- WorldCat is a bibliographic database. It allows users to locate books in a catalogs from more than 10,000 libraries around the world. With bibliographic information for thousands of items, users can also read reviews and summaries.
- Google Book Search allow users to discover new books, read reviews and excerpts, and search within the text of a book. You'll also find links to online stores and actual libraries that carry the book.
- U.S. Census Bureau provides statistics from the Census Bureau, the Bureau of Labor Statistics, the Bureau of Economic Analysis and other organizations. You'll find stat on a variety of things such as income level and household pet ownership.
- The CIA World Factbook invites you to select a country or location and then presents that country's flag, places it on a map and provides a thorough overview. Learn about a country's people, geography, economy, military, transportation, communications and more.
For a way to share your finds...
- Connotea lets you store and share your scholarly sources using keyword tags to organize them as you like. The tool is free and easy to use, making it a snap to access and share your references.
- CiteULike shares your favorite scholarly resources and lets you look through the sources of other users. You'll also find news, discussion and search groups.
For legal reference...
- The Public Library of Law offers a free searchable database of case law, statutes, regulations, court rules, constitutions and legal forms. Basic searches offer resources from the paid database Fastcase (also the site's sponsor), and advanced options allow you to search for resources from specific jurisdictions and ranges.
Math and Science
Counseling Center Electronic Pamphlets with Android and iPhone Apps
C. Money/Scholarships for Adult Learners/Non-Traditional Students
- Binghamton University External Scholarships, Fellowships and Awards (Very useful site)
- AAIA Displaced Homemaker Scholarship: The Association on American Indian Affairs' Displace Homemaker Scholarships. Deadline for application is July 20.
- Adult Students in Scholastic Transition (ASIST) Programs: Financial support and guidance to adults in a variety of transitional situations. To be eligible candidates must meet educational and financial requirements.
- AFCEA Scholarship for Working Professionals: Scholarship is for an undergraduate degree while employed in the science and technology disciplines directly related to the mission of AFCEA. Candidates must be a t least second-year students attending school on a part-time basis, and having a declared major in a science or technology degree program.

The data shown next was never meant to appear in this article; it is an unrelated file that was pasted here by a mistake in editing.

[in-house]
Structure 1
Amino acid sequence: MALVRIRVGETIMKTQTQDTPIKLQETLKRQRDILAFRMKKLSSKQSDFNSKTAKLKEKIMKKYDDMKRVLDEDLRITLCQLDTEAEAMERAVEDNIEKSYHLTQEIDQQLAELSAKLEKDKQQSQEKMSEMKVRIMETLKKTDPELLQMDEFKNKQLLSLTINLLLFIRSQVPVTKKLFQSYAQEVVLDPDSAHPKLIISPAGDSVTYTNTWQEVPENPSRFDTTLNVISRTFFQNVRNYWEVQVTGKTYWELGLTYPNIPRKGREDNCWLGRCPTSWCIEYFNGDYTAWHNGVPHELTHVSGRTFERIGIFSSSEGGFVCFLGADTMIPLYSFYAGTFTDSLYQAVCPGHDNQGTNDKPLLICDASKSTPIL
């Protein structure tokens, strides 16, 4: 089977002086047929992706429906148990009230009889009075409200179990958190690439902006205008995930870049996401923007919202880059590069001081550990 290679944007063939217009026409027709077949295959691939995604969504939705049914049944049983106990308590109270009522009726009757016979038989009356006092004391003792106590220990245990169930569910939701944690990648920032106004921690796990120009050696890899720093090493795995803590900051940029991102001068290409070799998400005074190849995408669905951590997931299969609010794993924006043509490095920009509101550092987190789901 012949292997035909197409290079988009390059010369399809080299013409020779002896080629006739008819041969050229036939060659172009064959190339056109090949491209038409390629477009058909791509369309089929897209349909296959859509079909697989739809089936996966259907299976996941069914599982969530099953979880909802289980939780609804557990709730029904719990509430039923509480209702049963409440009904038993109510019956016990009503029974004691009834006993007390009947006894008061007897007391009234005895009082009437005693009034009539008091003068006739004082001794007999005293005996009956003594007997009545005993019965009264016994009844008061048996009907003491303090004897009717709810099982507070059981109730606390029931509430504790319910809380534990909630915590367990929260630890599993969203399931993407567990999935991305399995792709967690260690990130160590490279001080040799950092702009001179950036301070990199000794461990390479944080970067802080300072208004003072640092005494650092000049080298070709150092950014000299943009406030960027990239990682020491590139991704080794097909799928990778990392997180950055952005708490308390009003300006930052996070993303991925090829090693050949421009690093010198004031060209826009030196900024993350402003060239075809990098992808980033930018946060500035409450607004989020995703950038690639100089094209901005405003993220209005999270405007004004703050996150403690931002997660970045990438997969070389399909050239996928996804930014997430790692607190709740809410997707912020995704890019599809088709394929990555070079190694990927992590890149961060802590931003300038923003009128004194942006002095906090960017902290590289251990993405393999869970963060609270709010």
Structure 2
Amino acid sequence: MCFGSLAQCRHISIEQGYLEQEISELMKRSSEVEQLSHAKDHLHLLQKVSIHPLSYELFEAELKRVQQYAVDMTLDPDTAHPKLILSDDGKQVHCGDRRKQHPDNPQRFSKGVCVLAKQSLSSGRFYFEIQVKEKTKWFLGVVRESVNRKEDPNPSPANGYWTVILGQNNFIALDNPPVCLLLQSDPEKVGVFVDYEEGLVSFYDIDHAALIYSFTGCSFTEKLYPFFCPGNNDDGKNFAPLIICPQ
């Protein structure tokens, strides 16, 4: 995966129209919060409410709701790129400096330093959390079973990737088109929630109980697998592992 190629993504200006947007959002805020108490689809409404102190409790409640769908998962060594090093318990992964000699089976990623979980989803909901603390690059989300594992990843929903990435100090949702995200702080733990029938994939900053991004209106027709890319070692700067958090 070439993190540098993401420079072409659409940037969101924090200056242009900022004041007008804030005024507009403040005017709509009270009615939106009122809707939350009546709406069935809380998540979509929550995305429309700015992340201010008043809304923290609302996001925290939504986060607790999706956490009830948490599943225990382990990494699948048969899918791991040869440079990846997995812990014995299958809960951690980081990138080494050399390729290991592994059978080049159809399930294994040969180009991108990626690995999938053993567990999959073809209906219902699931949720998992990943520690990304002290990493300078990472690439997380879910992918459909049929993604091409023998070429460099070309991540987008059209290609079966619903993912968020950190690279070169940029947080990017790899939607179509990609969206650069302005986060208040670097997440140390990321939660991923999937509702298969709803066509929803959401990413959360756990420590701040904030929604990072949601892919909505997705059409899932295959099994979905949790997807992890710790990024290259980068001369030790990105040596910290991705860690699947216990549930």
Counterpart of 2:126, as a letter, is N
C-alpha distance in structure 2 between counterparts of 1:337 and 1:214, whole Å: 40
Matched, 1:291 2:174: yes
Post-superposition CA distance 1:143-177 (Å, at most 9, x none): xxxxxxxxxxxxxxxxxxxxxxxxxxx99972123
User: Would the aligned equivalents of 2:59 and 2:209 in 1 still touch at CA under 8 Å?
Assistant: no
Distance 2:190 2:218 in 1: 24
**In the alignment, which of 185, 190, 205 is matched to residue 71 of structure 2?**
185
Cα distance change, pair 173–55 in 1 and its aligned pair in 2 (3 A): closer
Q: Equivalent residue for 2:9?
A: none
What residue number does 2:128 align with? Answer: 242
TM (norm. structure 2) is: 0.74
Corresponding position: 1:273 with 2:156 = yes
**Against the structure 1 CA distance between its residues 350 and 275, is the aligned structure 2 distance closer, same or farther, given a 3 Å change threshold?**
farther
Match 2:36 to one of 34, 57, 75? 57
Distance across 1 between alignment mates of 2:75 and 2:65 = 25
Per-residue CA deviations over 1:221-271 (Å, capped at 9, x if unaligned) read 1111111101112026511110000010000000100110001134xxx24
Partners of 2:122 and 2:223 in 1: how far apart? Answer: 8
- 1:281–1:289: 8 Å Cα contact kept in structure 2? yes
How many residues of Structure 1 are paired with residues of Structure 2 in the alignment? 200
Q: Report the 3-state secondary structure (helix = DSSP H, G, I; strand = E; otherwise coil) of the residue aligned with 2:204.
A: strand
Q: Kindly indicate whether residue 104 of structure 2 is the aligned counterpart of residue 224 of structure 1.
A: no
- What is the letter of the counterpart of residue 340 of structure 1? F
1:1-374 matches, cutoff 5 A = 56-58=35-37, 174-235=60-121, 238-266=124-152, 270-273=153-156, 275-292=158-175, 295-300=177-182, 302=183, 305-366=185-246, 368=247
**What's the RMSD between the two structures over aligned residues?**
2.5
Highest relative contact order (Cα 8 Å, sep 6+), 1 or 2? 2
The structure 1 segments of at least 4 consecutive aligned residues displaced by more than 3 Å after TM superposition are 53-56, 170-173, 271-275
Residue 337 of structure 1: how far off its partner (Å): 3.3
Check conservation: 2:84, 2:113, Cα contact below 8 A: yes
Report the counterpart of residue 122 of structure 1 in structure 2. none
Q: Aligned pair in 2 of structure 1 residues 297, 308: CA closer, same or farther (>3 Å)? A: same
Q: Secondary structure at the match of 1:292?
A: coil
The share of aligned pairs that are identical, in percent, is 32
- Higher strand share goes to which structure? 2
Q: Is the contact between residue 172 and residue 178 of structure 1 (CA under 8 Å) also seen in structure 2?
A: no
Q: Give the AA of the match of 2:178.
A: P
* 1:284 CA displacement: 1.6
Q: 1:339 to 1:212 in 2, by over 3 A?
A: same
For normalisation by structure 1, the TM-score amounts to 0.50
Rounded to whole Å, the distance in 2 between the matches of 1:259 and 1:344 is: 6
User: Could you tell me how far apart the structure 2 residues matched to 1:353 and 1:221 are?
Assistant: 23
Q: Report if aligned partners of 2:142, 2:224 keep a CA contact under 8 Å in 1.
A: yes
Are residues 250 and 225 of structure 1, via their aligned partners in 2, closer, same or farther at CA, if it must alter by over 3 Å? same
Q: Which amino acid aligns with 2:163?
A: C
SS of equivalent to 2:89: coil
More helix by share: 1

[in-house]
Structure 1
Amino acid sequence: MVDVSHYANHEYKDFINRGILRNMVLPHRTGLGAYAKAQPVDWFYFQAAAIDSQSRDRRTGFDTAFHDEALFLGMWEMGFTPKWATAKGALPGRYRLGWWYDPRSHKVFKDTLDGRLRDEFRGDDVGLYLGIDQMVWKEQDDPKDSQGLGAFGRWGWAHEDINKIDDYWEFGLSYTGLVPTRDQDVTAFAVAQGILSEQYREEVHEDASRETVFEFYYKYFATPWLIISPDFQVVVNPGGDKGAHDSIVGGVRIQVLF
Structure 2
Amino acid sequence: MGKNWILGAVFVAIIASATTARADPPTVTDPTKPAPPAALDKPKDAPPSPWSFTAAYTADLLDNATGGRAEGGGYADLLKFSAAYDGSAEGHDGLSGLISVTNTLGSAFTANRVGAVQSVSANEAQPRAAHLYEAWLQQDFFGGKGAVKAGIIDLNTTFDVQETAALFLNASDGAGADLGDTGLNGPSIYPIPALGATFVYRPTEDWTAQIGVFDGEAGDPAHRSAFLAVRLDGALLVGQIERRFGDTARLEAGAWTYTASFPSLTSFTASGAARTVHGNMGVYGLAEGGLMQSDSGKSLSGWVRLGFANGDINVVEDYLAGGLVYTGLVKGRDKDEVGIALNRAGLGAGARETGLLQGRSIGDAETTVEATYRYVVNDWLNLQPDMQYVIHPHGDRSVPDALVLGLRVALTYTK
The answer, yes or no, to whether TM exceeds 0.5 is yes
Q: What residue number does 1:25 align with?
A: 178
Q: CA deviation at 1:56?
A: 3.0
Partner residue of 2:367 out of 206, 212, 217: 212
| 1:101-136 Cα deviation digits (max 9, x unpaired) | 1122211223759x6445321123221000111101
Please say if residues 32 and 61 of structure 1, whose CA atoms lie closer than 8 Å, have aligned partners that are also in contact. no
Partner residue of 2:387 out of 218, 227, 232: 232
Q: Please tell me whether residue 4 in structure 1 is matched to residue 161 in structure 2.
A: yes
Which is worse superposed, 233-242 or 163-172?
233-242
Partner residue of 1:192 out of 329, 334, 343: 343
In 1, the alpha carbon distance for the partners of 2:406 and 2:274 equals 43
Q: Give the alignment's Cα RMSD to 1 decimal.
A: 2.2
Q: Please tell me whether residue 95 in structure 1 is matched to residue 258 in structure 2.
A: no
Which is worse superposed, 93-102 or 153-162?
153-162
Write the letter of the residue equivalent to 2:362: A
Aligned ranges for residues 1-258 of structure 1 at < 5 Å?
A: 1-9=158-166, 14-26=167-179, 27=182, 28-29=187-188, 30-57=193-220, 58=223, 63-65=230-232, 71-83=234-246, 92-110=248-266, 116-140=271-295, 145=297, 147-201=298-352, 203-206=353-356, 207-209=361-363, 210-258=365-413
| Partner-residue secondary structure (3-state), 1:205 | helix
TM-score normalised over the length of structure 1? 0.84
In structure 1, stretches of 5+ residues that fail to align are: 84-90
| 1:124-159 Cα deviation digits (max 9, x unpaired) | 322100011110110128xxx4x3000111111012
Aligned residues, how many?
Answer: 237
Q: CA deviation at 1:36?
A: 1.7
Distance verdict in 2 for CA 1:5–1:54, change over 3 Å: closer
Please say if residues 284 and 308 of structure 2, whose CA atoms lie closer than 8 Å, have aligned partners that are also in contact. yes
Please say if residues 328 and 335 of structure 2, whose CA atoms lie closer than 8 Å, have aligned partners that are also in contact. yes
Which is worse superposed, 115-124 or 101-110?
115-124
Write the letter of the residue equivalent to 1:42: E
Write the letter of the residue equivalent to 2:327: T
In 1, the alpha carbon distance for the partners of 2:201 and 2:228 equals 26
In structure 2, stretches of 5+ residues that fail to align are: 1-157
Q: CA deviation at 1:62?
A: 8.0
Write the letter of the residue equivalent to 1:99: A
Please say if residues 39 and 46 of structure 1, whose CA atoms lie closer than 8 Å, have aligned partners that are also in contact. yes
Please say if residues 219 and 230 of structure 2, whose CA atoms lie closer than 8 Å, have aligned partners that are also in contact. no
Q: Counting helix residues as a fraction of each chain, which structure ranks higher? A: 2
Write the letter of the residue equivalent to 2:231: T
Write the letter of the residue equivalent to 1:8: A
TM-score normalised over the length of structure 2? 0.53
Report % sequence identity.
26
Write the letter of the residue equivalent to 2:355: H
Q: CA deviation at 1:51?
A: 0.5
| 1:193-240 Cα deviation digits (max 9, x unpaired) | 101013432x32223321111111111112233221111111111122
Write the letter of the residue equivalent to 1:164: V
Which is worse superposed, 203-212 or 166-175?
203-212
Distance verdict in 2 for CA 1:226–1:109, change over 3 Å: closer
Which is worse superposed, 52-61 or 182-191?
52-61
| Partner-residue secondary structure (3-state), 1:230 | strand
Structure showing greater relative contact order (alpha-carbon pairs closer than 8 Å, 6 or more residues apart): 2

- Alpha Sigma Lambda National Honor Society: Awarded to any student at an institution that has an institution that has an Alpha Sigma Lambda Chapter and who meets specified criteria.
- Charles R. Ford Scholarship: One (1) scholarship awarded annually, to an active member of the Jaycees who is a U.S. citizen and wishes to return to a college or university to complete his or her formal education.
- Kazimour Scholarship: Applicant must be a member of ANTSHE (Association of Nontraditional Students in Higher Education. Provides money for 2- or 4-year and grad school.
- The Non-Traditional Student Scholarship: For a returning student after formal schooling was interrupted or a student who has had at least one year of college and is in need of financial assistance to pursue an undergraduate degree. Applicants must be a member of the American Legion, the American Legion Auxiliary, or Sons of the American Legion.
- Royal Neighbors of America, Nontraditional Scholarships: Provides educational support to members who don't fall into the college-age range.
- The Wal-Mart Higher REACH Scholarships: For non-traditional students employed by Wal-Mart Stores, Inc. for at least one year as of February 1.
- Project Working Mom & Dad, Too! Scholarship: Each month, a $4,000 scholarship to use towards college education. Use the money to pay for tuition and fees, books, supplies-whatever you need, any place you choose. Visit this web site to apply for your share of $2 million in scholarships for working parents.
- eLearners.com, an online education resource that connects learners with online education, and which created the Project Working Mom campaign, also created an interactive, in-depth Web site to help learners tackle their questions and fears about returning to school. The site is designed to empower working parents and offers: advice on going back to school; self-assessment quizzes on numerous, subjects including how to determine what subjects to study; an online support community; numerous articles; and, a database with $15 billion in financial aid opportunities.